In a new project announced by IBM Security on September 17, the American multi-national IT company will provide technologies and data that will give the city’s commercial movers and shakers an edge in the event of a cyber-attack.
As part of the project, business owners will be able to access two new free tools made available by the LA Cyber Lab, a non-profit providing threat intelligence to local businesses.
The first tool is a mobile application that any citizen can use to submit and analyze suspicious emails to determine their risk and if they are phishing attacks. The second tool, and the real centerpiece of this collaborative effort, is the cloud-based Threat Intelligence Sharing Platform (TISP), developed in collaboration with TruSTAR.
Functioning as a kind of digital neighborhood watch, TISP will allow users to circulate their spear-phishing concerns and educate themselves on the latest business email compromise (BEC) or ransomware campaigns.
A neat feature of the platform is that it reviews suspicious emails submitted by users, extracting key information and searching over 25 common and unique data sources, to indicate the level of risk posed. It can also correlate key information in the email to the associated threat group and their latest attack campaign.
“Public safety in the 21st century isn’t just about protecting our physical streets and neighborhoods—we need to protect the digital presence that is part of everyday life for our residents and businesses,” said Los Angeles’ mayor, Eric Garcetti.
“The Threat Intelligence Sharing Platform and mobile app will advance the LA Cyber Lab’s work that has made our city a national cybersecurity model, all while better defending Angelenos from cyber-threats.”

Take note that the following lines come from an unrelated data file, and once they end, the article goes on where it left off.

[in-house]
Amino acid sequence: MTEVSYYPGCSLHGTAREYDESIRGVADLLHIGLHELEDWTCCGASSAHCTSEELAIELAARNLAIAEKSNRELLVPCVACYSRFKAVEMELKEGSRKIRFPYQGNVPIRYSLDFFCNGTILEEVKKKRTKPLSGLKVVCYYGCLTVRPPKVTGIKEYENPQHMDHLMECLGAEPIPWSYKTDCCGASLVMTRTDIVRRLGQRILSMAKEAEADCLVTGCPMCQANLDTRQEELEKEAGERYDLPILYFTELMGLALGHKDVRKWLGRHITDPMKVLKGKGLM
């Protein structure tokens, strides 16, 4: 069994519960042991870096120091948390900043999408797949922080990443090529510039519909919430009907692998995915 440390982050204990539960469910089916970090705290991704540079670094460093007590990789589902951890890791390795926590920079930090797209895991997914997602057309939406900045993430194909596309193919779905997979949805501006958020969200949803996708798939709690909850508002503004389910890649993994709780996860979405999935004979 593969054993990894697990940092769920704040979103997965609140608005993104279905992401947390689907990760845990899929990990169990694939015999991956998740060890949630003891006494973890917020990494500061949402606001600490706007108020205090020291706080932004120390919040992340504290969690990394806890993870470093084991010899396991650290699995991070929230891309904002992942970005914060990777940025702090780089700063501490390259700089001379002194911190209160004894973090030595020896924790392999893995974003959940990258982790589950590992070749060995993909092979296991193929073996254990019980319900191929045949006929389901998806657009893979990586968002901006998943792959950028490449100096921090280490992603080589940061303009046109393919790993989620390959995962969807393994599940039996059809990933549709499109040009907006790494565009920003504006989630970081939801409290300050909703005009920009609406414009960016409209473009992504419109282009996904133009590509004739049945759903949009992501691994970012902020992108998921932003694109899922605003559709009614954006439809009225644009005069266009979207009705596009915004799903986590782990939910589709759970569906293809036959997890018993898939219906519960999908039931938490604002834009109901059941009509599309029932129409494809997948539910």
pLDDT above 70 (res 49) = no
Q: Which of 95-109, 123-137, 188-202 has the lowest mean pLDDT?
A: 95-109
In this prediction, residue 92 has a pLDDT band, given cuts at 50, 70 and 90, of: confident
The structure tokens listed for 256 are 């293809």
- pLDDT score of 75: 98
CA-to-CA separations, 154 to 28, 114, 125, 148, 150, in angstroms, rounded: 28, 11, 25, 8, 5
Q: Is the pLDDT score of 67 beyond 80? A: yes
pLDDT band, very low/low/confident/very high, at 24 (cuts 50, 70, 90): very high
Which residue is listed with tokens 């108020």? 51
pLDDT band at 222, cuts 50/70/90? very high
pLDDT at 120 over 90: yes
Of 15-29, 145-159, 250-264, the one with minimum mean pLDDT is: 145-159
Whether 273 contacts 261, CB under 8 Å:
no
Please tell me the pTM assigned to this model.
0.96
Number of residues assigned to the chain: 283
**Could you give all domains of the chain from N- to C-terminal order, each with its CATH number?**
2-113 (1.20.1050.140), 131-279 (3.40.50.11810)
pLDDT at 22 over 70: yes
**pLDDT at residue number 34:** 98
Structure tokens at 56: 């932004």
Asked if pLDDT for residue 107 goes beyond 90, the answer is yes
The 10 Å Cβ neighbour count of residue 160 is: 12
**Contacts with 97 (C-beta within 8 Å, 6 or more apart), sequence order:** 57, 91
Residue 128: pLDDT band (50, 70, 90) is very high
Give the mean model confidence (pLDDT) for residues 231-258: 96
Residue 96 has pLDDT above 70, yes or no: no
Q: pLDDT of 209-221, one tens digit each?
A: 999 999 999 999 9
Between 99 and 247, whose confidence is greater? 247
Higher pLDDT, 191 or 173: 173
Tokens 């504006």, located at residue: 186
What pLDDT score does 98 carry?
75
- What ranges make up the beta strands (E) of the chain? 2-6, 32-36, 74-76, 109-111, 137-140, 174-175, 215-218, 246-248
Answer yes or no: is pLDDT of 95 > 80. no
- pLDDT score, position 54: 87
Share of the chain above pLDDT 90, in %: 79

In a bid to help other cities in the US know what to do in the event of a cyber-attack, IBM is hosting three complimentary training sessions for municipalities in the IBM X-Force Command Cyber Range in Cambridge, Massachusetts.
At each of the sessions, which will take place on October 22, November 19, and December 10, 2019, attendees will experience a simulated attack in order to practice their response.
The attack may be simulated, but the threat is very real. In this year alone, more than 70 American cities have become the victims of ransomware.
Kevin Albano, associate partner, IBM Security Services, IBM Security, said: “While a collaboration like this takes time and the right partners, the process itself was refreshing as a result of the city’s eagerness and dedication to improving cybersecurity for the area. The development of the LA Cyber Lab two years ago was the first real push in the right direction, and the development of these solutions is only continuing that goal and leading the charge for other cities to become more prepared.”